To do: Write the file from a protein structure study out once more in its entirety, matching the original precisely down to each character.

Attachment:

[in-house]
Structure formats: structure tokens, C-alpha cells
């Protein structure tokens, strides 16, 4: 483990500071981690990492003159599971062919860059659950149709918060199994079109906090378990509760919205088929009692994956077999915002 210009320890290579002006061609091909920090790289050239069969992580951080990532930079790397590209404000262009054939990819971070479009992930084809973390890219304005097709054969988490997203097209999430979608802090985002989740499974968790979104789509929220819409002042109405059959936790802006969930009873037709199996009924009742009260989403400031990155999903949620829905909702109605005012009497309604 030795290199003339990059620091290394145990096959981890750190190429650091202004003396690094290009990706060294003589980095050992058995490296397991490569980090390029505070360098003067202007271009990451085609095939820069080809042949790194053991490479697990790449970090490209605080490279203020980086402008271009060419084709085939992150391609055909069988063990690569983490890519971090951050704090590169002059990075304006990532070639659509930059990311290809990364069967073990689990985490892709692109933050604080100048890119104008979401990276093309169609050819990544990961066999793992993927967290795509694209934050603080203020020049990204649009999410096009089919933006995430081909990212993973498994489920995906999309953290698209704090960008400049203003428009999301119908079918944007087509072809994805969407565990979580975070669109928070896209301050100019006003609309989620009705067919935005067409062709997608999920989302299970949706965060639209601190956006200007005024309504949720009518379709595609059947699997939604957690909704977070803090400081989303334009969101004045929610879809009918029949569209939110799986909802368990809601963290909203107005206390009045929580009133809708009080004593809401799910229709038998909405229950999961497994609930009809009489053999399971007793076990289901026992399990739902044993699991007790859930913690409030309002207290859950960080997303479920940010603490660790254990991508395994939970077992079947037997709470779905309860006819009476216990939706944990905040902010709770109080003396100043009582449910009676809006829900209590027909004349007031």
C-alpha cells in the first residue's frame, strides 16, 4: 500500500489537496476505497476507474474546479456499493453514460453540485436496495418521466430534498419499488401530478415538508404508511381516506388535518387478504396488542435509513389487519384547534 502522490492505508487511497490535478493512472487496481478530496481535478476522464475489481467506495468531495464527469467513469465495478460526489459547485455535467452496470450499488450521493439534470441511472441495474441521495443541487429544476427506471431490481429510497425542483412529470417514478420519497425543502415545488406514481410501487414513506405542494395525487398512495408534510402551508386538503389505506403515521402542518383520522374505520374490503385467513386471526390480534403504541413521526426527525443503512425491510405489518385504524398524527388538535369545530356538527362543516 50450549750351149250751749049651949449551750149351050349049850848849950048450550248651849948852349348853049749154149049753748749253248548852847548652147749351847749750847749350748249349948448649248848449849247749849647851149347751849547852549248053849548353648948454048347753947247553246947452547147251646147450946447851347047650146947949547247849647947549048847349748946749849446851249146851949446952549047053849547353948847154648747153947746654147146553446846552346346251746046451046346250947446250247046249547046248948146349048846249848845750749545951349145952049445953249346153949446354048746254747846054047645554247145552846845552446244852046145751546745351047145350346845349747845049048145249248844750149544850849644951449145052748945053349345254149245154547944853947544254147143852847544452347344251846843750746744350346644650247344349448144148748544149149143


[in-house]
Structure formats: structure tokens, C-alpha cells
């Protein structure tokens, strides 16, 4: 483990500071981690990492003159599971062919860059659950149709918060199994079109906090378990509760919205088929009692994956077999915002 210009320890290579002006061609091909920090790289050239069969992580951080990532930079790397590209404000262009054939990819971070479009992930084809973390890219304005097709054969988490997203097209999430979608802090985002989740499974968790979104789509929220819409002042109405059959936790802006969930009873037709199996009924009742009260989403400031990155999903949620829905909702109605005012009497309604 030795290199003339990059620091290394145990096959981890750190190429650091202004003396690094290009990706060294003589980095050992058995490296397991490569980090390029505070360098003067202007271009990451085609095939820069080809042949790194053991490479697990790449970090490209605080490279203020980086402008271009060419084709085939992150391609055909069988063990690569983490890519971090951050704090590169002059990075304006990532070639659509930059990311290809990364069967073990689990985490892709692109933050604080100048890119104008979401990276093309169609050819990544990961066999793992993927967290795509694209934050603080203020020049990204649009999410096009089919933006995430081909990212993973498994489920995906999309953290698209704090960008400049203003428009999301119908079918944007087509072809994805969407565990979580975070669109928070896209301050100019006003609309989620009705067919935005067409062709997608999920989302299970949706965060639209601190956006200007005024309504949720009518379709595609059947699997939604957690909704977070803090400081989303334009969101004045929610879809009918029949569209939110799986909802368990809601963290909203107005206390009045929580009133809708009080004593809401799910229709038998909405229950999961497994609930009809009489053999399971007793076990289901026992399990739902044993699991007790859930913690409030309002207290859950960080997303479920940010603490660790254990991508395994939970077992079947037997709470779905309860006819009476216990939706944990905040902010709770109080003396100043009582449910009676809006829900209590027909004349007031």
C-alpha cells in the first residue's frame, strides 16, 4: 500500500489537496476505497476507474474546479456499493453514460453540485436496495418521466430534498419499488401530478415538508404508511381516506388535518387478504396488542435509513389487519384547534 502522490492505508487511497490535478493512472487496481478530496481535478476522464475489481467506495468531495464527469467513469465495478460526489459547485455535467452496470450499488450521493439534470441511472441495474441521495443541487429544476427506471431490481429510497425542483412529470417514478420519497425543502415545488406514481410501487414513506405542494395525487398512495408534510402551508386538503389505506403515521402542518383520522374505520374490503385467513386471526390480534403504541413521526426527525443503512425491510405489518385504524398524527388538535369545530356538527362543516 50450549750351149250751749049651949449551750149351050349049850848849950048450550248651849948852349348853049749154149049753748749253248548852847548652147749351847749750847749350748249349948448649248848449849247749849647851149347751849547852549248053849548353648948454048347753947247553246947452547147251646147450946447851347047650146947949547247849647947549048847349748946749849446851249146851949446952549047053849547353948847154648747153947746654147146553446846552346346251746046451046346250947446250247046249547046248948146349048846249848845750749545951349145952049445953249346153949446354048746254747846054047645554247145552846845552446244852046145751546745351047145350346845349747845049048145249248844750149544850849644951449145052748945053349345254149245154547944853947544254147143852847544452347344251846843750746744350346644650247344349448144148748544149149143